This copy is for your personal, non-commercial use only.
"Here we go again," murmured the old guard Democrats when Ralph Nader officially announced his candidacy for president in 2008, on Tim Russert’s "Meet the Press" show, Sunday, Feb.24th.
"Nader–the spoiler," they called him since the 2000 election when Al Gore lost the presidency to George W. Bush. "It’s all Nader’s fault!" they cried. Nader was a good scapegoat, a good person to blame, so they wouldn’t have to examine their own souls.
Yes, George W. Bush was named President. He won Florida by 537 votes. Ralph Nader got 97,488 votes in Florida. It’s simple. If Nader hadn’t run, Gore would have won!
Hold on! It’s not as simple as that!
George W. Bush got just a little help from his friends. His brother Jeb Bush, who happened to be Governor of the State at the time, Katherine Harris, Secretary of State of Florida, in charge of election procedures, election officials in Fort Lauderdale who produced ballots that apparently were designed by Rube Goldberg and left hanging chads.
The US Commission on Civil Rights conducted an extensive investigation of irregularities during the 2000 presidential election in Florida, published in The Washington Post on June 5, 2001, said: "the most dramatic undercount in this election was the nonexistent ballots of the countless unknown eligible voters, who were wrongfully purged from the voter registration rolls, turned away from the polls, and by various other means prevented from exercising the franchise."
The Report went on to say: "The disenfranchisement of Florida’s voters fell most harshly on the shoulders of African-Americans. Statewide, based upon county-level statistical estimates, African-American voters were nearly ten times more likely than white voters to have their ballots rejected in Florida."
The Commission pointed the finger at where the blame belonged: "the governor and the secretary of state, in particular, chose to simply ignore the mounting evidence that many counties were experiencing rising voter registration rates in communities with out-dated voting technology. Furthermore, they ignored the pleas of some supervisors of elections for guidance and help."
Then there was the US Supreme Court that stopped the re-counts and gave the Presidency to George W. Bush.
So, you must admit George W. Bush got just a little help from his friends. Everybody knows, today–it’s the conventional wisdom–that George W. Bush stole that election.
But, as far as the old guard Democrats are concerned, their lost election is all Nader’s fault. They blame him for the disastrous last seven years of the Bush Administration. They blame him for the Iraq war. (If Al Gore had been elected, it never would have happened) They blame Nader for Bush’s failed economic policy, tax cuts for the rich and everything else bad that the Bush administration has done.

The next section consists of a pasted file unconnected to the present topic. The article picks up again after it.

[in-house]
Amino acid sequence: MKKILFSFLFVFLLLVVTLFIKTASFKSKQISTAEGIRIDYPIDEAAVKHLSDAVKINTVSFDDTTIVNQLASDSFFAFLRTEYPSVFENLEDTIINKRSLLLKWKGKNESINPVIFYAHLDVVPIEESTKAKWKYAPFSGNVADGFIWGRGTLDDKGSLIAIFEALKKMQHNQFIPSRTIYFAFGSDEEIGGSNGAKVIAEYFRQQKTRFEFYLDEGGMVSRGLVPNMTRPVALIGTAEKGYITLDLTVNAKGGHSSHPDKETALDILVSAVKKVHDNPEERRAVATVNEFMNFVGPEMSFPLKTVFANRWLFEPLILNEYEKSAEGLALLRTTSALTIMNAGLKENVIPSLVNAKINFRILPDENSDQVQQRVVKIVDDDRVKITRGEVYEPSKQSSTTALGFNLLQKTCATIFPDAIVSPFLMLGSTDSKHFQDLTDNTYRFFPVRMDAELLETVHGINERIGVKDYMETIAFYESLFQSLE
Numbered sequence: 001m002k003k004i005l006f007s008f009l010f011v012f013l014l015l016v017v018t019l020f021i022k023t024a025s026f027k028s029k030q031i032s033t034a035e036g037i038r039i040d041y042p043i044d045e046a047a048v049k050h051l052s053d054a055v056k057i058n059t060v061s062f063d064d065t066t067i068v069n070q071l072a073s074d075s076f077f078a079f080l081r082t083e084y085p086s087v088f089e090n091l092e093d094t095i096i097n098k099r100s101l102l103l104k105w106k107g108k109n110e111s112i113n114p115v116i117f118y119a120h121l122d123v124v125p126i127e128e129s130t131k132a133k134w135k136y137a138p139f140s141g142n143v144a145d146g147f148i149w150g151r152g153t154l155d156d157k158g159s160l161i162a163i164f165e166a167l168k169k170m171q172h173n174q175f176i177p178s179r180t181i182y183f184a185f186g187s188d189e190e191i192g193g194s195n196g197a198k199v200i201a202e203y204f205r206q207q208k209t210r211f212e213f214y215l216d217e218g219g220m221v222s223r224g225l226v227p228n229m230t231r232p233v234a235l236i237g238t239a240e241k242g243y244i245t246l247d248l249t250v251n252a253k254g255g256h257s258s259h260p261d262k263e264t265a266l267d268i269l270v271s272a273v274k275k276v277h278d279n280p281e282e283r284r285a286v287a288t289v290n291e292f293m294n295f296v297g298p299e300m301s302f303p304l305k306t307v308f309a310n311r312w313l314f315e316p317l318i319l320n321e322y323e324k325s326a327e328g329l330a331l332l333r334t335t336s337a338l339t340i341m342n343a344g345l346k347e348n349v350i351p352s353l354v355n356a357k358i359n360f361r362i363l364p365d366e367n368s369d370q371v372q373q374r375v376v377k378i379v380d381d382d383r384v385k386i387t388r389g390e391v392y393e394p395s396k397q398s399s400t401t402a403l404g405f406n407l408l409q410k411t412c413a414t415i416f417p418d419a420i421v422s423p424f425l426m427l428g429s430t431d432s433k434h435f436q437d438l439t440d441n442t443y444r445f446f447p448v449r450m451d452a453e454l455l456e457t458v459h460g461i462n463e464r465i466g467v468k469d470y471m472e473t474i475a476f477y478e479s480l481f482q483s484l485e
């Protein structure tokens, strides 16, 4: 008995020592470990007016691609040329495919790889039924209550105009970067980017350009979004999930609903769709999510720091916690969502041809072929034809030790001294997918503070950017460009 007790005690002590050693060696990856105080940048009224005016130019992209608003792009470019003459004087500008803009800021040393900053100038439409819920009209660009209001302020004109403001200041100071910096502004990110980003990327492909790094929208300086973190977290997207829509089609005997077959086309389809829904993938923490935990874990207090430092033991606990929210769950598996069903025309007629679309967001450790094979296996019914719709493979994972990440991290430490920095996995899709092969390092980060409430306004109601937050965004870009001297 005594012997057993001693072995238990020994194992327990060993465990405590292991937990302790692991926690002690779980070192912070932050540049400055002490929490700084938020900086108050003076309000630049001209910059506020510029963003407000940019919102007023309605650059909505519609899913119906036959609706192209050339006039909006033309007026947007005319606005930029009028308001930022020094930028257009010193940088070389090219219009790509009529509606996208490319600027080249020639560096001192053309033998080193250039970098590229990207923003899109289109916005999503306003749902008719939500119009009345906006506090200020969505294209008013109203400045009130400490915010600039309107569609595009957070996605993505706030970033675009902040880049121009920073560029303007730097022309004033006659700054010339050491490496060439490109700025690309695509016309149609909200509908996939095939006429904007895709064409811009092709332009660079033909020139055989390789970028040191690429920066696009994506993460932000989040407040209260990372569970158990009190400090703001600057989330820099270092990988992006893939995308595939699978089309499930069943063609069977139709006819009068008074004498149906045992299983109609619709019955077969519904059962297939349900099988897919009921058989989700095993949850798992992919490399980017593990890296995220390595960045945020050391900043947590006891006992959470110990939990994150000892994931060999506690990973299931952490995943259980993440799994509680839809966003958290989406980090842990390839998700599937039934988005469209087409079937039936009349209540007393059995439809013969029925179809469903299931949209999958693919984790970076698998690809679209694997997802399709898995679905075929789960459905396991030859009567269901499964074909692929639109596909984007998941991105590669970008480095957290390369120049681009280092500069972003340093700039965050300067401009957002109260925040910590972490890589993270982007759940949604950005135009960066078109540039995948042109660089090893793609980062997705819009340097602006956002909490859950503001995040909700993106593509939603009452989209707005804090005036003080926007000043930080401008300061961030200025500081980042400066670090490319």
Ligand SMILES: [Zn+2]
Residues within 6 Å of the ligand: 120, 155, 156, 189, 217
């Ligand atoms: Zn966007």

The two Democratic candidates talk endlessly about Universal Health Care but neither of them mentions those two little words, "single payer", the only way it can ever happen. Both are afraid of bucking the mammoth health insurance industry in this country. Maybe Nader can prod them into fighting a little harder for what they claim they want.
We know Senator Hillary Rodham Clinton is on the Armed Services Committee in the Senate and in the pocket of the defense industry, but then Barack Obama talks about increasing the military buildup instead of cutting the bloated military budget that we have. The sheepish Democrats might need a little cattle prod for moving on this issue.
Why is a discussion of corporate crime and corporate welfare off the table in this campaign, when corporatism in on the march.
Benito Mussolini, pre-World War II Italian dictator, defined the term "corporatism" as "fascism", and he should know. He coined the phrase and turned Italy into a fascist country that linked up with the Nazis.
Is that what we want here? Corporatism. We’re certainly moving in that direction, if not already there. Congress is corporate occupied territory. We just don’t want to face it. Maybe Ralph Nader can explain it to people who have closed minds. We dare not listen–because mainstream media has tried to make Nader into some kind of joke.
What about the "monkey wrench" effect? Will Nader be accused of blowing the election for the Democrats, again, in 2008? Lose to John McCain? It would take Houdini to do that. As Nader said to Tim Russert in the "Meet the Press" interview, "If the Democrats can’t landslide the Republicans this year, they ought to just wrap up, close down, emerge in a different form. You think the American people are going to vote for a pro-war John McCain who almost gives an indication that he’s the candidate for perpetual war"
In the interview, Nader cites Solon Simmons, a professor at George Mason University, who made a study of the election shenanigans during the 2000 Florida campaign and argues that by cattle prodding Al Gore to the left with his aggressive, resolutely left-of-center rhetoric, Nader may have actually delivered more votes to the Democrats than he took away.
So much for the "monkey wrench" effect.
STEPHEN FLEISCHMAN, television writer-director-producer, spent thirty years in Network News at CBS and ABC, starting in 1953. In 1959, he participated in the formation of the renowned Murrow-Friendly "CBS Reports" series. In 1983, Fleischman won the prestigious Columbia University-DuPont Television Journalism Award. In 2004, he wrote his memoir. See: http://www.ARedintheHouse.com/, E-mail: firstname.lastname@example.org